If you have been reading my previous posts, you will know that I’m currently going through chemotherapy and have now finished the third of six treatments.  As I celebrate my birthday today, I am already gearing up for the fourth go-round in a little over a week.  It has not been an easy time of it.  I developed a blood clot in my left leg after the second round and I have battled on-going and extremely painful neuropathy in all my joints caused by the chemo since the first round.  I have cried out to God so many times before, during, and after my treatments to just miraculously heal me so I wouldn’t have to endure another round, but God has seen fit to “perfect” me.  He is using this time of struggle, to strengthen my character for His purposes, and so I persevere through this health challenge and fully trust in Him throughout the process.

One of the ways I cope with my current situation is by writing about my personal journey on my blog, Journey Thoughts and right here on IWO.  It is not only therapeutic for me to write about what I’m going through, I have found that so many of my readers are joining me on this journey either by praying for me or they too, are in the middle of great struggle and so they find encouragement in following my blog posts. 

I hadn’t originally thought I would write so openly about my battle with cancer, but I felt a real prompting of the Holy Spirit to not only write about it but “keep it real”.  Readers want authenticity.  I write about the many aspects of this journey with a life-threatening disease.  There have been many days, especially the weekends following a treatment, where I am at my lowest, physically, emotionally, mentally and spiritually.  It’s hard to put on a brave front.  I weep, I gnash my teeth, and I pray for the pain to stop.  My poor husband takes the brunt of those outbursts during those very dark days, and he is the one who ministers to me practically as well as keeps me focused on the One Who loves me even when I wonder if that’s true.  Yes, in that chemo fog, I question why God would allow this to happen to me.  I forget He is Good, and Perfect, and Sovereign.  On those miserable days, I only feel pain and I feel sorry for myself.  Thankfully, I have some incredible prayer warriors who petition on my behalf, and when I struggle to pray, they take up the prayer gauntlet for me. 

When I write about my “down” days, some well-meaning readers and friends have responded, “That’s perfectly understandable.  You’re entitled to feel miserable.” 

Am I?

Doesn’t that speak of lack of faith?  Does it say that I don’t trust God?  Absolutely not!  David, Jeremiah, Job, and other great men and women of the Bible cried out to God when they found themselves in circumstances beyond their control.  That’s what I am facing right now, something totally out of my control, and something I know I won’t get through without Him.  I KNOW God is bigger than my circumstances.  He can take my cries of despair, along with my praises, and I KNOW He works all things out for good.  Our IWO verse to ponder this month, Romans 12:12, I have always found to be so challenging and powerful, but even more so during my current time of “affliction”.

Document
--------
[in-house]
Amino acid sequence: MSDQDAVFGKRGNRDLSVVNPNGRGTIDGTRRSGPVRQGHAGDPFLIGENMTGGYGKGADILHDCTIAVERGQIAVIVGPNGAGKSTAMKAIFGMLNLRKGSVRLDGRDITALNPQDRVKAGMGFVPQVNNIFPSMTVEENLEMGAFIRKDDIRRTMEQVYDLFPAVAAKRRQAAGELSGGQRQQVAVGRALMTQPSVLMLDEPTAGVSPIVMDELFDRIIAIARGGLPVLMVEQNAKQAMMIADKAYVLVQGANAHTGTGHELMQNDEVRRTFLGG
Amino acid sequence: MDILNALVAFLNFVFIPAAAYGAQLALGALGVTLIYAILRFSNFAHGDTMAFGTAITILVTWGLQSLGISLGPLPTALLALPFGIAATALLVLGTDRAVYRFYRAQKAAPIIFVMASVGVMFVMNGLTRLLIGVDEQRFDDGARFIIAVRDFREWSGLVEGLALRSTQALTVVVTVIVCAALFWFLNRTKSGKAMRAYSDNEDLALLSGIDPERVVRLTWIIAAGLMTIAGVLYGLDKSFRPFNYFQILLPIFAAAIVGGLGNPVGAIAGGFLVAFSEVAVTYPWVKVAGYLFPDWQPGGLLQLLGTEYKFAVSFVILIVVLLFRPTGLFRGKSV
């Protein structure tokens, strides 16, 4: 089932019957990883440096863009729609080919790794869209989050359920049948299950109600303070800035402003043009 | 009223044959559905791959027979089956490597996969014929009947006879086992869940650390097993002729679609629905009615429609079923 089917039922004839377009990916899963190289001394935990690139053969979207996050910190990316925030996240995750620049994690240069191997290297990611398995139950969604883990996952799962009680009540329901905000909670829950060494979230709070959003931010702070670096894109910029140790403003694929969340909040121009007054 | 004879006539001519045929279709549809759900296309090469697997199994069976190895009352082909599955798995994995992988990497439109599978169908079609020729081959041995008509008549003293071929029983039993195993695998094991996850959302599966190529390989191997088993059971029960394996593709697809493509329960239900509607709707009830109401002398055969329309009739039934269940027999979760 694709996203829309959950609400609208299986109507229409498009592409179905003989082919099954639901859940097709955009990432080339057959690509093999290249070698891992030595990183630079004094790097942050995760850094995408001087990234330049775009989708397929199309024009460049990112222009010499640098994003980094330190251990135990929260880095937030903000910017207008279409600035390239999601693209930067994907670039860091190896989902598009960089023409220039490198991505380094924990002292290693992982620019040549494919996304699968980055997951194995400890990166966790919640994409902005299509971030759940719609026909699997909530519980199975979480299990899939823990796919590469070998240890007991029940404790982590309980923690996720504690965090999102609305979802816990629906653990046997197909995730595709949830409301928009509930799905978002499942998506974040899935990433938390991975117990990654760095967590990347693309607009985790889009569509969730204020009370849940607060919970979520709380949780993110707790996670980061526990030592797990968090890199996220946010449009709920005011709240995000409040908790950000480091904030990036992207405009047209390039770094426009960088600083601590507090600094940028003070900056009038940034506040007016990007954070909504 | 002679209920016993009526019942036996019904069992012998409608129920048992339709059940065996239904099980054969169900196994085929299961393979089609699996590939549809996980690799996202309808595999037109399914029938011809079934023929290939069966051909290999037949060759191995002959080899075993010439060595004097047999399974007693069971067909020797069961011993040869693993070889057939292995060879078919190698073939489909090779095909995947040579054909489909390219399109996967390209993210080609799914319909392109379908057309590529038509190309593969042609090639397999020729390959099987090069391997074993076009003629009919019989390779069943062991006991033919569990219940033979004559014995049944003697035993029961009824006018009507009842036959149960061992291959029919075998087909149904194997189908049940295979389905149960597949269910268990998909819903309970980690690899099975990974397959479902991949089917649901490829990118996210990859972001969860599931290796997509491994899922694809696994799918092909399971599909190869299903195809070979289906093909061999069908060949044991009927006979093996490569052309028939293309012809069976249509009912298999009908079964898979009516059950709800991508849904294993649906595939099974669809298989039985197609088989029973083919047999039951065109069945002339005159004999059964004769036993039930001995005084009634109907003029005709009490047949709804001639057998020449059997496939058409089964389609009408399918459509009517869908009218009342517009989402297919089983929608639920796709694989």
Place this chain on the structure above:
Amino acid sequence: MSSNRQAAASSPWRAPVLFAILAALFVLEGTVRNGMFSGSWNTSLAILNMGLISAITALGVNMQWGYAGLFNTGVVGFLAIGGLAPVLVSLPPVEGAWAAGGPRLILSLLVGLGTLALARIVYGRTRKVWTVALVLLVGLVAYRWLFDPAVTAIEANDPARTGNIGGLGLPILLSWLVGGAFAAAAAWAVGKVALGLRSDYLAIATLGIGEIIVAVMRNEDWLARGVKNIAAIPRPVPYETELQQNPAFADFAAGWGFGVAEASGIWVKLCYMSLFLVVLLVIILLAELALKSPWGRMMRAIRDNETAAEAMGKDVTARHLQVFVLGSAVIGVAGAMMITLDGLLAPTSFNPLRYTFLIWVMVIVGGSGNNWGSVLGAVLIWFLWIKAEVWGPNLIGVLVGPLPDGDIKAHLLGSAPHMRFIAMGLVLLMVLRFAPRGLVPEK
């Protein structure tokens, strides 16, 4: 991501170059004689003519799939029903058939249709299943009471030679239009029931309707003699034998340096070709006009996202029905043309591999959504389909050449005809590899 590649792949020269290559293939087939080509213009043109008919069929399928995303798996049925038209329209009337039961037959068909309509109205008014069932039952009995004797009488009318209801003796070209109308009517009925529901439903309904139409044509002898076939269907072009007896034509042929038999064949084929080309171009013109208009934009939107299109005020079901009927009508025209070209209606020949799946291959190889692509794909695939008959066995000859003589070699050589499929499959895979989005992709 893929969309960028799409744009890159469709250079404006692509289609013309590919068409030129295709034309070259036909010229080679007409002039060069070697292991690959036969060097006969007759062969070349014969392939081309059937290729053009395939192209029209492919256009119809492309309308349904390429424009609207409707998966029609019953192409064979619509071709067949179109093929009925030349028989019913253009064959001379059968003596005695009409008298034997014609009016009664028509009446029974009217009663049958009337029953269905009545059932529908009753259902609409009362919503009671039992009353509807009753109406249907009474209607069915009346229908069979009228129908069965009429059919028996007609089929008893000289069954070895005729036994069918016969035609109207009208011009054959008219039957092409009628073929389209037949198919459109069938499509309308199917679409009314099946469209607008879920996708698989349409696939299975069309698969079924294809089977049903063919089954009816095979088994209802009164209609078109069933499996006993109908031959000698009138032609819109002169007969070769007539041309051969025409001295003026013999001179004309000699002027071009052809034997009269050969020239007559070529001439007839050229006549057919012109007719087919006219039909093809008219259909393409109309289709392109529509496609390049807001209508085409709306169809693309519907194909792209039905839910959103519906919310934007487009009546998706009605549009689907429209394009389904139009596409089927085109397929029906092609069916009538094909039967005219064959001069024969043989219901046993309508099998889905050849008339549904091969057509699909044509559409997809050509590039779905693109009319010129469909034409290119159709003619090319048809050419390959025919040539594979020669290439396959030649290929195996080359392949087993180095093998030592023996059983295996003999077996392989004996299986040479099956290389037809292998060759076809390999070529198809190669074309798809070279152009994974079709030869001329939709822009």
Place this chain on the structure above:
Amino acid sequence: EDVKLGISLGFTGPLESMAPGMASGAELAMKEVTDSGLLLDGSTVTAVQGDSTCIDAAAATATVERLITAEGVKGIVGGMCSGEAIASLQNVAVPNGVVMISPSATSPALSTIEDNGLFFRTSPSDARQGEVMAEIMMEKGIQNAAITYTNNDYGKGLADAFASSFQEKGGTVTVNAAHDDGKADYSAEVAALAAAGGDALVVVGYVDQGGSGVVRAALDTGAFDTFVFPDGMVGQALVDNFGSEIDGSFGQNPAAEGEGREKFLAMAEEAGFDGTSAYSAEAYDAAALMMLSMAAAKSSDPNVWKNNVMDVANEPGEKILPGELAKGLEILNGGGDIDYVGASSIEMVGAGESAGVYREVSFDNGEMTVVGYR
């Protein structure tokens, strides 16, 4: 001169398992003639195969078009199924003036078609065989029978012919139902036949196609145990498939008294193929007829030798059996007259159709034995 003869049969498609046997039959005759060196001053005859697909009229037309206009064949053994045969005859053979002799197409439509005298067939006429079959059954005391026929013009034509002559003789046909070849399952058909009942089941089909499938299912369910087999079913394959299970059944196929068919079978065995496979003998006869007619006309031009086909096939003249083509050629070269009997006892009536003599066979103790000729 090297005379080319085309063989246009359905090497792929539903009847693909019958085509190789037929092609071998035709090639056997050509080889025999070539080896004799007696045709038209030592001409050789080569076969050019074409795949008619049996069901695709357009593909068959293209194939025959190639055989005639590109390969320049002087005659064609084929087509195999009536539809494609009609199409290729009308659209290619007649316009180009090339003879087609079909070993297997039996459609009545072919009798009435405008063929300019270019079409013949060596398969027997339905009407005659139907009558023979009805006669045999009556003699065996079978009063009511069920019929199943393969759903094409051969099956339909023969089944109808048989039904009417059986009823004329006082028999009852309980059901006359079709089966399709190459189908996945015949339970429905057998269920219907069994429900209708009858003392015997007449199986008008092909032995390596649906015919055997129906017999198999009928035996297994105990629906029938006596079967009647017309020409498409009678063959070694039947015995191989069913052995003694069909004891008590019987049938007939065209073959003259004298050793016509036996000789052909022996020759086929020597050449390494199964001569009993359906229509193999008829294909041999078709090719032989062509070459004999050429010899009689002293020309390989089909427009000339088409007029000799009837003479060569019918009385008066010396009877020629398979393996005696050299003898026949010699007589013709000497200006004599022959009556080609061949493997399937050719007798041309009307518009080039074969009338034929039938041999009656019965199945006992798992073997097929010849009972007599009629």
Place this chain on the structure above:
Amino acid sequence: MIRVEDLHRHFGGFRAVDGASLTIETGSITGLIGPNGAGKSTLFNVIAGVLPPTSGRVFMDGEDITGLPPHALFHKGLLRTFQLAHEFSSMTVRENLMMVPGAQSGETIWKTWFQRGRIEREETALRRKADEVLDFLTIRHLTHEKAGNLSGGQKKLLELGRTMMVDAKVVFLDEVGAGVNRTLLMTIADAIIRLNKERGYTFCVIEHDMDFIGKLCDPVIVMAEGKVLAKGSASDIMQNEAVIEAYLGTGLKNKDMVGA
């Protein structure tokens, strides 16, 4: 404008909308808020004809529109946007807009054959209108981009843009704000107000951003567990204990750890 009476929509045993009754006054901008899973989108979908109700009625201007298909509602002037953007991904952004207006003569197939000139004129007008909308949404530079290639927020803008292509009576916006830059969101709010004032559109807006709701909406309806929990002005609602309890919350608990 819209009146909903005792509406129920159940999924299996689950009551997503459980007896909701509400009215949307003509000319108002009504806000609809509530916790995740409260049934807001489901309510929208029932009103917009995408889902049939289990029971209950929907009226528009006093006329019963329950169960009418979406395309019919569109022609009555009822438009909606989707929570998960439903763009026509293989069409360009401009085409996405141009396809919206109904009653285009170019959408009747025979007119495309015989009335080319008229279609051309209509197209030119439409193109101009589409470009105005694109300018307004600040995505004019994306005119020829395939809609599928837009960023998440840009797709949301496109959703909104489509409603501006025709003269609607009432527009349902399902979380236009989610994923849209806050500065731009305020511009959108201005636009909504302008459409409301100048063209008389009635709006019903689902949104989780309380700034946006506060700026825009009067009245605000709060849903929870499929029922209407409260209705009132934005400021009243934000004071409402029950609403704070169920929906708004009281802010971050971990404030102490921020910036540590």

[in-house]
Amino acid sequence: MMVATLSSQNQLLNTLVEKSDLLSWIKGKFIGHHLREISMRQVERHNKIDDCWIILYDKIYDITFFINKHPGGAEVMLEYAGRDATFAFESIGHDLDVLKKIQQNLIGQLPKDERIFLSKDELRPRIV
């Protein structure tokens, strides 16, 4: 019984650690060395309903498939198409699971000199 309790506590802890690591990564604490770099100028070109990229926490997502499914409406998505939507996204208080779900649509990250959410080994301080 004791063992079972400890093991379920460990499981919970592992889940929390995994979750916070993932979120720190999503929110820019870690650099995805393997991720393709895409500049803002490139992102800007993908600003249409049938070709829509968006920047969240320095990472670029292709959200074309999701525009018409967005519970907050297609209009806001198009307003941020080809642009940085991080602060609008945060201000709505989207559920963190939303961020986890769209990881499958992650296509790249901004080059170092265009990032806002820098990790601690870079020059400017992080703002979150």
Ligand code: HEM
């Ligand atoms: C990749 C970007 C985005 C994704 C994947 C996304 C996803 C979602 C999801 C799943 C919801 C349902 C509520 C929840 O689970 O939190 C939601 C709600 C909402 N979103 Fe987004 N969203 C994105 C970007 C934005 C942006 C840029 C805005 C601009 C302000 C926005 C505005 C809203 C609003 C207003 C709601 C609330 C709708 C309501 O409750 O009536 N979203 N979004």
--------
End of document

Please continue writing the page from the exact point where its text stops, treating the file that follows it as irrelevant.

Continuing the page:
I appreciate all your prayers, IWO writers and readers, as I face three more rounds of chemo in the months ahead.  I will keep writing, and pray that I will continue in keeping it real!

Lynn Dove is the award-winning author, of the YA “Wounded Trilogy”- a contemporary Christian fiction series with coming-of-age themes.  A wife, mom, grandmother, and free-lance writer with articles published in several magazines and anthologies including Chicken Soup for the Soul books, her blog, “Journey Thoughts” is a Canadian Christian Writing Award winner.  Readers may connect with her on Facebook, Twitter, and at   

August 16, 2019

Are You Frenzied or Focused? by Nina Faye Morey

Rejoice in hope, be patient in tribulation, be constant in prayer.
(Romans 12:12, ESV)

Often when I sit down to write, my mind is swirling with so many “to do’s” that I find it hard to maintain my focus. I have a general idea of the topic I want to write about, but I can’t get a handle on the central message I want to convey. Or I may think I’m writing about one thing, but wind up going down so many rabbit trails that pretty soon I’m totally lost. In either case, I find it hard to focus on what’s important.

On these occasions, the story of Mary and Martha comes to mind (Luke 10:38-42). Martha had invited Jesus into their home, but she had no time to focus on His message because she was too distracted by all the work that needed to be done. She soon becomes angry that she’s been left alone to prepare their meal. Was it right that Mary should be so entranced by Jesus’s every word that she left Martha all alone to slave away in the kitchen? Was it fair that the Lord didn’t seem at all concerned that Martha’s sister had deserted her when she most needed her help with serving?